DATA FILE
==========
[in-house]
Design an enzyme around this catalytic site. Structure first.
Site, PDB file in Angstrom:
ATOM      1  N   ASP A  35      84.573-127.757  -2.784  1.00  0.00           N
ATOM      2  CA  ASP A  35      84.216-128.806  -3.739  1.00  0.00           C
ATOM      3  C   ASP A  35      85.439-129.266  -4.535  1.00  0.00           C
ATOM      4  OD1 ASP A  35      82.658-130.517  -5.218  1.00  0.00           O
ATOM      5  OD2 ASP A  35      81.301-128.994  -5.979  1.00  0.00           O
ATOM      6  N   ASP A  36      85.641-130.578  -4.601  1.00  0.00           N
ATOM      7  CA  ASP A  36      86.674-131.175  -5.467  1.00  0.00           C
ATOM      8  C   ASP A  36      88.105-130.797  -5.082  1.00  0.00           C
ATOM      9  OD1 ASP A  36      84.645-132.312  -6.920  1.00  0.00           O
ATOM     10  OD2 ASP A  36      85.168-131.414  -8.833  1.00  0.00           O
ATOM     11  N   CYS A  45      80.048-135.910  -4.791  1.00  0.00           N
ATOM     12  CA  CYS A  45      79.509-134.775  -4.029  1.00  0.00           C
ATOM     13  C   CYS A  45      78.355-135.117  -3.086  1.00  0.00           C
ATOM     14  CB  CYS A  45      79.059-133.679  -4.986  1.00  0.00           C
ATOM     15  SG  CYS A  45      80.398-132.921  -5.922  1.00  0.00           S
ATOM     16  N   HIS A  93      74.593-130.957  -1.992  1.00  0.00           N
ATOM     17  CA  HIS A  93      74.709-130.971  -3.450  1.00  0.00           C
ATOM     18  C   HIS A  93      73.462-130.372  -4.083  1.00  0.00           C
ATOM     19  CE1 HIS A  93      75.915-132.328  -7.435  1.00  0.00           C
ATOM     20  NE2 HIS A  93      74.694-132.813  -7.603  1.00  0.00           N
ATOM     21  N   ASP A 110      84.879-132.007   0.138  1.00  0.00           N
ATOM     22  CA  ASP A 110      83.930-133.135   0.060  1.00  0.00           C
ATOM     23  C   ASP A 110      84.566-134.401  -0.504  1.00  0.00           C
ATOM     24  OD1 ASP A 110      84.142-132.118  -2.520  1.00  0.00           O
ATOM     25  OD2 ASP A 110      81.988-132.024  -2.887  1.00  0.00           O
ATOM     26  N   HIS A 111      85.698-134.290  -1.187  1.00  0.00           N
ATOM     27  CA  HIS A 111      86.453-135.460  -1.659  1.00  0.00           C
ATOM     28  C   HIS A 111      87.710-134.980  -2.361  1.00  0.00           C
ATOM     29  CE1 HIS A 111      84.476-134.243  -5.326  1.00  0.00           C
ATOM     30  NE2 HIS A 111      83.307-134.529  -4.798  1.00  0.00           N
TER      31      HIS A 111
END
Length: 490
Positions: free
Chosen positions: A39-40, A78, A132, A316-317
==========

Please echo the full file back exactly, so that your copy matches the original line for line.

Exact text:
[in-house]
Design an enzyme around this catalytic site. Structure first.
Site, PDB file in Angstrom:
ATOM      1  N   ASP A  35      84.573-127.757  -2.784  1.00  0.00           N
ATOM      2  CA  ASP A  35      84.216-128.806  -3.739  1.00  0.00           C
ATOM      3  C   ASP A  35      85.439-129.266  -4.535  1.00  0.00           C
ATOM      4  OD1 ASP A  35      82.658-130.517  -5.218  1.00  0.00           O
ATOM      5  OD2 ASP A  35      81.301-128.994  -5.979  1.00  0.00           O
ATOM      6  N   ASP A  36      85.641-130.578  -4.601  1.00  0.00           N
ATOM      7  CA  ASP A  36      86.674-131.175  -5.467  1.00  0.00           C
ATOM      8  C   ASP A  36      88.105-130.797  -5.082  1.00  0.00           C
ATOM      9  OD1 ASP A  36      84.645-132.312  -6.920  1.00  0.00           O
ATOM     10  OD2 ASP A  36      85.168-131.414  -8.833  1.00  0.00           O
ATOM     11  N   CYS A  45      80.048-135.910  -4.791  1.00  0.00           N
ATOM     12  CA  CYS A  45      79.509-134.775  -4.029  1.00  0.00           C
ATOM     13  C   CYS A  45      78.355-135.117  -3.086  1.00  0.00           C
ATOM     14  CB  CYS A  45      79.059-133.679  -4.986  1.00  0.00           C
ATOM     15  SG  CYS A  45      80.398-132.921  -5.922  1.00  0.00           S
ATOM     16  N   HIS A  93      74.593-130.957  -1.992  1.00  0.00           N
ATOM     17  CA  HIS A  93      74.709-130.971  -3.450  1.00  0.00           C
ATOM     18  C   HIS A  93      73.462-130.372  -4.083  1.00  0.00           C
ATOM     19  CE1 HIS A  93      75.915-132.328  -7.435  1.00  0.00           C
ATOM     20  NE2 HIS A  93      74.694-132.813  -7.603  1.00  0.00           N
ATOM     21  N   ASP A 110      84.879-132.007   0.138  1.00  0.00           N
ATOM     22  CA  ASP A 110      83.930-133.135   0.060  1.00  0.00           C
ATOM     23  C   ASP A 110      84.566-134.401  -0.504  1.00  0.00           C
ATOM     24  OD1 ASP A 110      84.142-132.118  -2.520  1.00  0.00           O
ATOM     25  OD2 ASP A 110      81.988-132.024  -2.887  1.00  0.00           O
ATOM     26  N   HIS A 111      85.698-134.290  -1.187  1.00  0.00           N
ATOM     27  CA  HIS A 111      86.453-135.460  -1.659  1.00  0.00           C
ATOM     28  C   HIS A 111      87.710-134.980  -2.361  1.00  0.00           C
ATOM     29  CE1 HIS A 111      84.476-134.243  -5.326  1.00  0.00           C
ATOM     30  NE2 HIS A 111      83.307-134.529  -4.798  1.00  0.00           N
TER      31      HIS A 111
END
Length: 490
Positions: free
Chosen positions: A39-40, A78, A132, A316-317